Every month from March through August we are running a monthly challenge that highlights a timely aspect of the breeding cycle and gives you a chance to win some Atlas gear. The April challenge was to submit nocturnal checklists and John Roosenberg II was randomly selected from all entries as the winner. There were 531 entries and John submitted more than anyone else with 53 nocturnal checklists—wow! Congratulations, John!
John M. Roosenberg II, Ph.D.
Hometown or county
My hometown is Altamont, but I have primarily birded Schoharie County over the last 10 years and claim it as my home county for now.
How you started birding
My parents and grandparents enjoyed birding so I picked it up as part of our family activity from childhood. I am told that I could see and identify the California Condors when I was a toddler and we spent significant time outdoors, looking for birds. However, the first official record that I kept was of Evening Grosbeaks that came to our family home feeders in 1983, so I have been an active birder for nearly forty years.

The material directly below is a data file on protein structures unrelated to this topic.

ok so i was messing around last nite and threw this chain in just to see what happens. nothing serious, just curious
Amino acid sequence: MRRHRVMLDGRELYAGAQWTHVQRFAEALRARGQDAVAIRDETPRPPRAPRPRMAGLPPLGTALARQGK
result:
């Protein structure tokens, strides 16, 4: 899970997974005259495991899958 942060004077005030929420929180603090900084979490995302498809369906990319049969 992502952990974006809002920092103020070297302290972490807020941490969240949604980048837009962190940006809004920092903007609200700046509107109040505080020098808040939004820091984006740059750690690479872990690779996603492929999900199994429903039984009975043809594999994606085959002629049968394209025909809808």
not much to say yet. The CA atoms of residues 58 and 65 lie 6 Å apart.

I have always enjoyed the nocturnal birds such as the owls, nightjars, rails and woodcock. The night is always a neat time to be out birding.
Motivation to atlas
It encourages me to bird places I normally wouldn’t bird and it helps build a fundamental understanding of bird populations and dynamics.
Favorite atlasing area
Anywhere that has been minimally atlased. I really enjoy birding under birded areas.
Most rewarding part of atlasing
Contributing to science, and also meeting and birding with people who are passionate about birding from a holistic approach including the botany, geology, meteorology, biology, and all the other sciences that go into being able to understand when a bird will be where. It is always fun to study the maps and say I believe this bird will be in this location, and then to go out and actually find the bird where you predicted it would be…it is incredibly rewarding.
Favorite atlasing discovery
Anytime one finds birds where you predict they will be without knowing for sure that they will be there.
Advice for someone “on the fence” about participating
Just go for it—start and enjoy the adventure of exploring new areas or revisiting old areas with a new understanding. Everyone’s contribution is important and makes a difference.